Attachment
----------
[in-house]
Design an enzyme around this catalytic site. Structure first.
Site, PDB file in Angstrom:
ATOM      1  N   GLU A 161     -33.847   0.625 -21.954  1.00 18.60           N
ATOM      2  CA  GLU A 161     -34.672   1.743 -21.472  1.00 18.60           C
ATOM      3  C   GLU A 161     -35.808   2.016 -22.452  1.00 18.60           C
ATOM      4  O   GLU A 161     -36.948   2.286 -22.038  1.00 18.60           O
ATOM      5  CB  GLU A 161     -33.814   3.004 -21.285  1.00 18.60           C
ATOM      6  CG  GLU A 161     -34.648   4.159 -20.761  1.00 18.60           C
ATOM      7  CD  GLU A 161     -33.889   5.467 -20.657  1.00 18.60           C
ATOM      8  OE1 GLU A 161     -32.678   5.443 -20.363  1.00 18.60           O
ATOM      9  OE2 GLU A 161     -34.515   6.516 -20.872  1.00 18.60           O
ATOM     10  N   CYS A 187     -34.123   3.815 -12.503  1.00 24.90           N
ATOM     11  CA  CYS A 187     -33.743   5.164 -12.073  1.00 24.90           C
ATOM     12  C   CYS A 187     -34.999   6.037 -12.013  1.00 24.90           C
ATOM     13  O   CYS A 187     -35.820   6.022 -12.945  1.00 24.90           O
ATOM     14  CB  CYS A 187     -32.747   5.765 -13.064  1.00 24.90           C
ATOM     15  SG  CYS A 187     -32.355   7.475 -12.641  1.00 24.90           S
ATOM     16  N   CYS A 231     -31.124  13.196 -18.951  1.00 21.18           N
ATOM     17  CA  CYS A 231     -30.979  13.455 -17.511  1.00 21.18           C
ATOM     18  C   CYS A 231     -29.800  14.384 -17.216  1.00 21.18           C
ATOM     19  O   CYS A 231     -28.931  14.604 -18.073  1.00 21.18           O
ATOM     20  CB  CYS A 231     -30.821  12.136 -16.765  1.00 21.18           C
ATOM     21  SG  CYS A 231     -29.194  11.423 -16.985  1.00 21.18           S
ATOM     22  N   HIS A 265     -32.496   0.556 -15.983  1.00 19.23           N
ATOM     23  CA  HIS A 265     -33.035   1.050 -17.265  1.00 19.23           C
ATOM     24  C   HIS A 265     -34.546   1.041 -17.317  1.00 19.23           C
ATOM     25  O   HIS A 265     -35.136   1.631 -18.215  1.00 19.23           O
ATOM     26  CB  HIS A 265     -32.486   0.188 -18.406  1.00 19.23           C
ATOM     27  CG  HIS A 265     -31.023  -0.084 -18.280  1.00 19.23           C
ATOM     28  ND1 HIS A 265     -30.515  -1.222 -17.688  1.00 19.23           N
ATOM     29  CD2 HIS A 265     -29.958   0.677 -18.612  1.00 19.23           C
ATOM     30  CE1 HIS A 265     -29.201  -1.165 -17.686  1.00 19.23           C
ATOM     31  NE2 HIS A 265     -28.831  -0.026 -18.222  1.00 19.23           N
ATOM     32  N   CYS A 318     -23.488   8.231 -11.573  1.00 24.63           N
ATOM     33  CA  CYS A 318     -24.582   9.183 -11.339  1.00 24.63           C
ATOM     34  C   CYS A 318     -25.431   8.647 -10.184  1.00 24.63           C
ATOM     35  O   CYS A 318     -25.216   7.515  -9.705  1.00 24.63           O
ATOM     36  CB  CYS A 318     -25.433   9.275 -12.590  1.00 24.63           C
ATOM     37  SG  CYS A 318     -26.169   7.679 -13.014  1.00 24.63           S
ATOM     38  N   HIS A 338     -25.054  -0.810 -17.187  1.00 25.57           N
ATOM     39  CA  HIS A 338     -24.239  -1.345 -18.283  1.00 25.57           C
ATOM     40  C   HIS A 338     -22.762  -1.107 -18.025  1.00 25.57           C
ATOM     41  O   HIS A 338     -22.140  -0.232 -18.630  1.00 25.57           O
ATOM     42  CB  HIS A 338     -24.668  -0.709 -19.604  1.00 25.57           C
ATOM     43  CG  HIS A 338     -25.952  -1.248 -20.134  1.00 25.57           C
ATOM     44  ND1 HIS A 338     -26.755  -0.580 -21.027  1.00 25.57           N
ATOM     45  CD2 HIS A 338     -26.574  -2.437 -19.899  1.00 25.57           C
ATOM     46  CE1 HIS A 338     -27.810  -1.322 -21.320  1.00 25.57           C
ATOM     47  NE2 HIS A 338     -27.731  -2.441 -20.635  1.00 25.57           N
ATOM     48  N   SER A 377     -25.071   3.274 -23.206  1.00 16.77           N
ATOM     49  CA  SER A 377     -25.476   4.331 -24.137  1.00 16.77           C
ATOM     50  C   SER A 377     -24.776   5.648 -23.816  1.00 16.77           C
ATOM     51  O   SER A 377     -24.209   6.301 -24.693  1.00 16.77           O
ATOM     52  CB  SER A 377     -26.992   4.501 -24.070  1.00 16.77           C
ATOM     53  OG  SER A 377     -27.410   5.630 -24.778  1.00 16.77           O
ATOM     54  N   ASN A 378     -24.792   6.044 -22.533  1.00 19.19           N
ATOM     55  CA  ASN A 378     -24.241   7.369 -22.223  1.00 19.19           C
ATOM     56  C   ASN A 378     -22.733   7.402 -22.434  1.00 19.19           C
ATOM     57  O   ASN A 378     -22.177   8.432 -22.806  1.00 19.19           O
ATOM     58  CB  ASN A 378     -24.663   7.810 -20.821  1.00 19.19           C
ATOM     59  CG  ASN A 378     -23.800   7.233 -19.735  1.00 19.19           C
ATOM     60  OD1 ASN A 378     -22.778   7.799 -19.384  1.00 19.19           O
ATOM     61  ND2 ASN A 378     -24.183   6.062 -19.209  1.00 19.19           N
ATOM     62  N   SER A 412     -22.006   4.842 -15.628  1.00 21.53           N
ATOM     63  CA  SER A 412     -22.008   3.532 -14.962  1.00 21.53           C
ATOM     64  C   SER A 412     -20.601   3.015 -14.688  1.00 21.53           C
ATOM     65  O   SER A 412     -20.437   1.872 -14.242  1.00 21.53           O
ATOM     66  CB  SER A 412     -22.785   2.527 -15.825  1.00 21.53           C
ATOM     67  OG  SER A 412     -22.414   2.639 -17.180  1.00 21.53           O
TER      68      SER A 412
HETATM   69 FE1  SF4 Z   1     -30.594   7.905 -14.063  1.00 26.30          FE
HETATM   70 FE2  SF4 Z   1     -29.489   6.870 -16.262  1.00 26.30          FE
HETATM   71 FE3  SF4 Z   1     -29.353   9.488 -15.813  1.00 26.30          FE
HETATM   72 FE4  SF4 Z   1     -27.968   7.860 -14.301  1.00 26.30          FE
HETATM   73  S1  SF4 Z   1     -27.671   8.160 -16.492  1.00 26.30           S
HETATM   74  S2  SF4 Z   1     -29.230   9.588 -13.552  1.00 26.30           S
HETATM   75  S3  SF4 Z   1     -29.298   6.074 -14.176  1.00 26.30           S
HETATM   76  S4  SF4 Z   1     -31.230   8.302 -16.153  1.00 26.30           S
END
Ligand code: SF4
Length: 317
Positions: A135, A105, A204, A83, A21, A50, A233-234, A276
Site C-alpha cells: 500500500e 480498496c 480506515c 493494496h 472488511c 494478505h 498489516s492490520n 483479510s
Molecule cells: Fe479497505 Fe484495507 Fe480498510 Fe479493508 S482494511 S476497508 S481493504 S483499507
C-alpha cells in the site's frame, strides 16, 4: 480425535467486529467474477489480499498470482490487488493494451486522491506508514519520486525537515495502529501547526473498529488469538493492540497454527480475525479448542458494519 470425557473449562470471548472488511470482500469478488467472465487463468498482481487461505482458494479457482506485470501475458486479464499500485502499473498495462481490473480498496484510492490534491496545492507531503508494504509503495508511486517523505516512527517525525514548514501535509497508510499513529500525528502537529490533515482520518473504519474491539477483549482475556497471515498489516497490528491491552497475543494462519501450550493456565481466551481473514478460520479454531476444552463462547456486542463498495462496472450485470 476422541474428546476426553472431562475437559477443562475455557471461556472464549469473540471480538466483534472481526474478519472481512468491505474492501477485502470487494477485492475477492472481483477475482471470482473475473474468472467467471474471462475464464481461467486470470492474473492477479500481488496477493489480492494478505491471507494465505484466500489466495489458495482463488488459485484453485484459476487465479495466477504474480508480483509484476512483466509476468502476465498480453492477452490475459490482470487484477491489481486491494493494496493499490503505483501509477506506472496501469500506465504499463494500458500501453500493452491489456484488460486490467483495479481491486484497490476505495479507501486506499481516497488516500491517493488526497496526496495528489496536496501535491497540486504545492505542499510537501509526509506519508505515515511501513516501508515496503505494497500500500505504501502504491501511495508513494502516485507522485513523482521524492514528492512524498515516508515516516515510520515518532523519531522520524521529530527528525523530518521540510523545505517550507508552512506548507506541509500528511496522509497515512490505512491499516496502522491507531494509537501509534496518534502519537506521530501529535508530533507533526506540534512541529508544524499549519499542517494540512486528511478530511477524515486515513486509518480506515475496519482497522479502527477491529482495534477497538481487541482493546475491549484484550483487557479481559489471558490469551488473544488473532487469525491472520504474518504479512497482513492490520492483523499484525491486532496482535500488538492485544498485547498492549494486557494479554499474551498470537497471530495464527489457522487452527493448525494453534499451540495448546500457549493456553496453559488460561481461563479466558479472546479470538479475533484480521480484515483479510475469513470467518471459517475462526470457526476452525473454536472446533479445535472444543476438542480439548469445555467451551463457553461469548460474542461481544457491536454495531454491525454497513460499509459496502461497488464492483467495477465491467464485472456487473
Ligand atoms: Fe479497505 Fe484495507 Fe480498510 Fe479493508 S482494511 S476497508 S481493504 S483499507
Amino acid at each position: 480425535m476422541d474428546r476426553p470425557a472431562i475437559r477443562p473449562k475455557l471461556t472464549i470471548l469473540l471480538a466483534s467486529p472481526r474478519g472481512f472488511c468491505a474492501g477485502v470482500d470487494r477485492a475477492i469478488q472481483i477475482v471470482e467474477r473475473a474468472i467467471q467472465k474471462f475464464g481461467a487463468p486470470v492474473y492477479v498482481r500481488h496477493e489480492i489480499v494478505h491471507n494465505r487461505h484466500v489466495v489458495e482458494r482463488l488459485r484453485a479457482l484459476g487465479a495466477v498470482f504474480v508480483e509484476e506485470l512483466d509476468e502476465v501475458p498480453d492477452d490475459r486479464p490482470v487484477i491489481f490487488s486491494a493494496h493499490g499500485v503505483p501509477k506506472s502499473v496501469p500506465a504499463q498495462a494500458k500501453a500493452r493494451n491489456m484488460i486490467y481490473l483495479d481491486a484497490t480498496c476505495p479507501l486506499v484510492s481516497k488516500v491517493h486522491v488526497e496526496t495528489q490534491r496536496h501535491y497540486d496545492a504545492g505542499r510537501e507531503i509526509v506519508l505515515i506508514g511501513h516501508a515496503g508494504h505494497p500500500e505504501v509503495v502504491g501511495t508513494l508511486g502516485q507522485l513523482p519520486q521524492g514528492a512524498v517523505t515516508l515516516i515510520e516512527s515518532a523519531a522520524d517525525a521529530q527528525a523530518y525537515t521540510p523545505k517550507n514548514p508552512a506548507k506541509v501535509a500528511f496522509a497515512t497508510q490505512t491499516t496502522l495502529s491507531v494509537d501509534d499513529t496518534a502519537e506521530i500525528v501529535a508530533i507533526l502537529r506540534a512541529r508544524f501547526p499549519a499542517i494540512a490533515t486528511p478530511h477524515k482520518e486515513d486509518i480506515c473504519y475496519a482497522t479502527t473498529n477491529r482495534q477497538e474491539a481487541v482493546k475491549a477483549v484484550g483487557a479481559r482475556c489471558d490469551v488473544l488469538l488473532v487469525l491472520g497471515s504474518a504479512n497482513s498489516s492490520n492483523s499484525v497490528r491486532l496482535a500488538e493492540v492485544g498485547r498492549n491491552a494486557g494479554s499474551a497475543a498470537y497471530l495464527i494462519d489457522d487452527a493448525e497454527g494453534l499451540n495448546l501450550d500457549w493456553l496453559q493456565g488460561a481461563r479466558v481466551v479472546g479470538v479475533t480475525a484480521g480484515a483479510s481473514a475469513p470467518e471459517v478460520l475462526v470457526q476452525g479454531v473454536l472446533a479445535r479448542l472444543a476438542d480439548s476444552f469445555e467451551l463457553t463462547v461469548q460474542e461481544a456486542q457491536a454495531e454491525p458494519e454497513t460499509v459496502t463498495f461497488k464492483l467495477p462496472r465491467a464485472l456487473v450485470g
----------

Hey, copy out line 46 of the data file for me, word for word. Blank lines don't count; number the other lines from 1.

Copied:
ATOM     43  CG  HIS A 338     -25.952  -1.248 -20.134  1.00 25.57           C